Algebraic Notation in Chess
•Teach students how to read and write moves using algebraic notation
• Concepts of horizontal and vertical.
• Able to read grids such as maps and line graphs
Chess is a game played by two players, its designed to have the white player’s side and the black player’s side. There exist a system of notation describing the situation of the board,moves and position of the chess pieces and pawn. Its called Algebraic Notation
Algebraic notation is the way in which chess players read and write moves. Each move is an abbreviation of the piece that will move,followed by its destination square of that piece. The board is a square divided into smaller bits of 64 squares alternating light squares and dark squares.
The names of the squares are a letter-number combination. The way you “read” a chessboard is the way you read the co-ordinates on a map, or those found on the children’s board game battleship.
Another way to describe to children the names of the squares is to compare them to the names of people . Just like people have a first and last name, so do the squares. The only difference is that ,for each square,its first name is a letter and its last name is a number.
The Horizontal part labelled a – h is the file let us call it first name
The Vertical part labeled 1 – 8 is the rank let us call this second name , so place first name before second name
The illustration above show the position of a pawn using the algebraic notation of letter-number combination “b3”
How to write capture in chess
A capture action is indicated by the symbol ( x ). It is expressed in this form.
Thanks for reading , you consider proceeding to learn how to set up chess pieces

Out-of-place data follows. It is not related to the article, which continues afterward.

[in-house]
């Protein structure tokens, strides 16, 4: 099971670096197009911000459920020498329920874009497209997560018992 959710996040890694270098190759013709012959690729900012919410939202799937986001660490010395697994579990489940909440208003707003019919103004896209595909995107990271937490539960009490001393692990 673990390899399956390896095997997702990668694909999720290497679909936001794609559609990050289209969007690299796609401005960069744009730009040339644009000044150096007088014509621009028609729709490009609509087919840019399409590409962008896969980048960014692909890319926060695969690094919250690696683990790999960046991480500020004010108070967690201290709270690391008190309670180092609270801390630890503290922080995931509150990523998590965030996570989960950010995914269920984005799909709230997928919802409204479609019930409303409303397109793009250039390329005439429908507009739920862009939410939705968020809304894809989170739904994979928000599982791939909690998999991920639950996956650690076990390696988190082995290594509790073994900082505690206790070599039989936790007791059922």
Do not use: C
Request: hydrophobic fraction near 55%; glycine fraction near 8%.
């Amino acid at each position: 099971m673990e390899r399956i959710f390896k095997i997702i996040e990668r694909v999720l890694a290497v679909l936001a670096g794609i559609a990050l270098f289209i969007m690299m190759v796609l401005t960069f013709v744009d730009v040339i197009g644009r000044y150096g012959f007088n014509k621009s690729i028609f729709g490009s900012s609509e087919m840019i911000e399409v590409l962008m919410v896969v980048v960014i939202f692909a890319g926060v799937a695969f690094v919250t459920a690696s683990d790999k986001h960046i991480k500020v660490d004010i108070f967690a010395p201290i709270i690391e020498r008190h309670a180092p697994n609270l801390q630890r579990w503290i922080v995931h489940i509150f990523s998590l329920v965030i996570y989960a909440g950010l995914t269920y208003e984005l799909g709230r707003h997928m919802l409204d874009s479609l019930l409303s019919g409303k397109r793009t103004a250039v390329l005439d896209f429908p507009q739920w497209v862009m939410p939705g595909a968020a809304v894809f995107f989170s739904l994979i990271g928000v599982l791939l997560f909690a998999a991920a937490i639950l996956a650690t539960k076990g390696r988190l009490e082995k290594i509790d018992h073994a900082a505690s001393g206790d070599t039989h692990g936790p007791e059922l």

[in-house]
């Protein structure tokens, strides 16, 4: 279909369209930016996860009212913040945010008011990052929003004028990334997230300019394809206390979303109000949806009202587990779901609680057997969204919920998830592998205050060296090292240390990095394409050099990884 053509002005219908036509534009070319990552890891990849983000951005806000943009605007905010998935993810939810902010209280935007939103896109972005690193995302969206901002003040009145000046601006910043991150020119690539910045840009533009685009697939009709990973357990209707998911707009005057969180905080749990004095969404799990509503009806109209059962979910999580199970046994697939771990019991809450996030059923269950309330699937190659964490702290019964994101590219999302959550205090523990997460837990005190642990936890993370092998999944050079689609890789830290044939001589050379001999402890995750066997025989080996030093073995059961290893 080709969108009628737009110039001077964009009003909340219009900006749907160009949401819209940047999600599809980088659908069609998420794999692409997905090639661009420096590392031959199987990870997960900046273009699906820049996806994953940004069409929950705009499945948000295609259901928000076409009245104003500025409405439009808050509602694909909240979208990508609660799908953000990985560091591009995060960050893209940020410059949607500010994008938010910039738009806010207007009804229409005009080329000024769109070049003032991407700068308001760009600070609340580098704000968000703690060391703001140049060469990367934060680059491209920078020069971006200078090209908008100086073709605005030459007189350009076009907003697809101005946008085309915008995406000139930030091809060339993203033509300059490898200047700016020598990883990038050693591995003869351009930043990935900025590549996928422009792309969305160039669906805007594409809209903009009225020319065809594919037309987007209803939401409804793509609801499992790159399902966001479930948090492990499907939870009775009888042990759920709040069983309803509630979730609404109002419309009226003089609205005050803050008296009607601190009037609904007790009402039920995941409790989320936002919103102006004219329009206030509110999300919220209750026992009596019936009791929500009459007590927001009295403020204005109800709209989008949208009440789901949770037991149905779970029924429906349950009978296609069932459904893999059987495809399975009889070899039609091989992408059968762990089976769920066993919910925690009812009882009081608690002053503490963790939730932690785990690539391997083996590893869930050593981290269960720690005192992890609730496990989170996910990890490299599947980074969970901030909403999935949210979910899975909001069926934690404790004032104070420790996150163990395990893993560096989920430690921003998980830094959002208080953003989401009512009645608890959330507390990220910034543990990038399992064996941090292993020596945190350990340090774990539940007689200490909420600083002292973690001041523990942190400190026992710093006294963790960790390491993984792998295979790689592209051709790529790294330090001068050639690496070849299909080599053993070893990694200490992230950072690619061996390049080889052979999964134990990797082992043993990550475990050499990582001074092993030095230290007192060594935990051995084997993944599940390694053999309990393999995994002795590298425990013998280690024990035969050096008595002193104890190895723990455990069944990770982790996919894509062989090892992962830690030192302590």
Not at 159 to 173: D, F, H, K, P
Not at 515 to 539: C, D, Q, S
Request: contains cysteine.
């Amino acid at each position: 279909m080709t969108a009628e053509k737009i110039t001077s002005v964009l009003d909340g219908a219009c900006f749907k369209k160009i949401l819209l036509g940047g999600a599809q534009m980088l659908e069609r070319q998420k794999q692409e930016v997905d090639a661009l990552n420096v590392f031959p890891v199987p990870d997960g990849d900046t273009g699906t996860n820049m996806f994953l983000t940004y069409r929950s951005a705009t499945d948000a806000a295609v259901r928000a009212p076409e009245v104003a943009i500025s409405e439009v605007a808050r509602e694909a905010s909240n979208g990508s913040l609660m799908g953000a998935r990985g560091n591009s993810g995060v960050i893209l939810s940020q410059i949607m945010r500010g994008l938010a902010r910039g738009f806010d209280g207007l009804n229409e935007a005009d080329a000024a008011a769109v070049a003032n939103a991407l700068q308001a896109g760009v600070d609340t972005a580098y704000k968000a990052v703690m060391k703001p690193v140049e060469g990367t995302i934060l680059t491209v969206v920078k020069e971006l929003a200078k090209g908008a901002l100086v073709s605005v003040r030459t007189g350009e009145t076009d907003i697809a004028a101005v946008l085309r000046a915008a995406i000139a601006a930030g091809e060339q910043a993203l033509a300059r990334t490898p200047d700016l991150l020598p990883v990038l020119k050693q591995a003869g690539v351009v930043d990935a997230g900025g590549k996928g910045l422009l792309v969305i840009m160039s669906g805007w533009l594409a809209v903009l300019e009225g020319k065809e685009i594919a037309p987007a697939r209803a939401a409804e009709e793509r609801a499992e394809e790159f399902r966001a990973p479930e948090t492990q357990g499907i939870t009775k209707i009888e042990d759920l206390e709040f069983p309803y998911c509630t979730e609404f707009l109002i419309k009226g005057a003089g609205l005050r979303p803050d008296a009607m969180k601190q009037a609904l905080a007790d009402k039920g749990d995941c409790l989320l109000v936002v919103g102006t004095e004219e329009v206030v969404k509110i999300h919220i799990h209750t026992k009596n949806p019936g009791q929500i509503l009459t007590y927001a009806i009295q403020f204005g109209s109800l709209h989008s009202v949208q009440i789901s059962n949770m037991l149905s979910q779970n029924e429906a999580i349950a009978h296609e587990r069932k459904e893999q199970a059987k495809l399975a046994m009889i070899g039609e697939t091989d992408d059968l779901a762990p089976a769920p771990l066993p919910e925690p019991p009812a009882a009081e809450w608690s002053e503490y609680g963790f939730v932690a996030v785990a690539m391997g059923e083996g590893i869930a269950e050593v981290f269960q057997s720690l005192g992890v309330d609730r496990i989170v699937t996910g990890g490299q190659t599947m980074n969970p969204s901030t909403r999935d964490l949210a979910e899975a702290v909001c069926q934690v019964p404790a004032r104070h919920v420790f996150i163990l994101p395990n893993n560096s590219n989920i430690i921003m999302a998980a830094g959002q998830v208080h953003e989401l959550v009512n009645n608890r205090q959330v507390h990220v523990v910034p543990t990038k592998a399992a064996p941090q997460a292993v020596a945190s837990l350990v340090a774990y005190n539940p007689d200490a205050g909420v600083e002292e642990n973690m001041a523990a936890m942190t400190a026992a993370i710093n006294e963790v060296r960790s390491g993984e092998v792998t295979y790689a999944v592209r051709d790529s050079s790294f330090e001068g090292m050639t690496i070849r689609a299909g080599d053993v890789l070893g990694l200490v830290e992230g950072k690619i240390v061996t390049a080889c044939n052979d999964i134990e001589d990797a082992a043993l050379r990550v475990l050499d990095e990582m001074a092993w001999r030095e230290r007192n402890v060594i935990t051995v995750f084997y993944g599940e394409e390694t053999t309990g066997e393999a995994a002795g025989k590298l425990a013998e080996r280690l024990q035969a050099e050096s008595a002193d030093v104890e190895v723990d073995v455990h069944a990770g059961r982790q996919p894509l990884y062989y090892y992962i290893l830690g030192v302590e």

Algebraic Notation for Major Pieces
The Queen,King and Rook are called major pieces, while knight ,bishop and pawns are the minor pieces. The alphabetic Suffix used for Queen is Q, For King is K and For Rook Is R, knight is N and B is bishop
Further Tips :
Each square is described by a lowercase (small) letter (a-h) which names the file, and a number (1-8) which tells you the rank.
Each move tells you which piece has moved to which
square. So Rb5 means the White Rook moves to the
square b5. Pawn moves are shown without a “P”, just the
square is named: so d6 means the White Pawn on d5
moves to the square d6.
When you take a piece a cross (x) is used: so RxBb8
means the Rook takes the Bishop on b8. If you take with
a Pawn, you write the file that the Pawn starts on, for
Check is shown with a plus (+), Rh1+. Checkmate is
shown with two plus signs, Qg7++, or a hash, Qg7#.
Castling King’s-side is shown as O-O; castling Queen’s
side is shown as O-O-O (neither shown on the diagram).
Sometimes two of the same kind of piece can move to
the same square. For example, both Knights could move
to d6. We show which Knight we have moved by naming
the starting square, so N(f5)d6. Most players shorten this
to either Nfd6 or
Three dots before a move (…Rb7) mean it is a move by
A typical tournament Recording Sheet
Other Great Resources for Algebraic Notation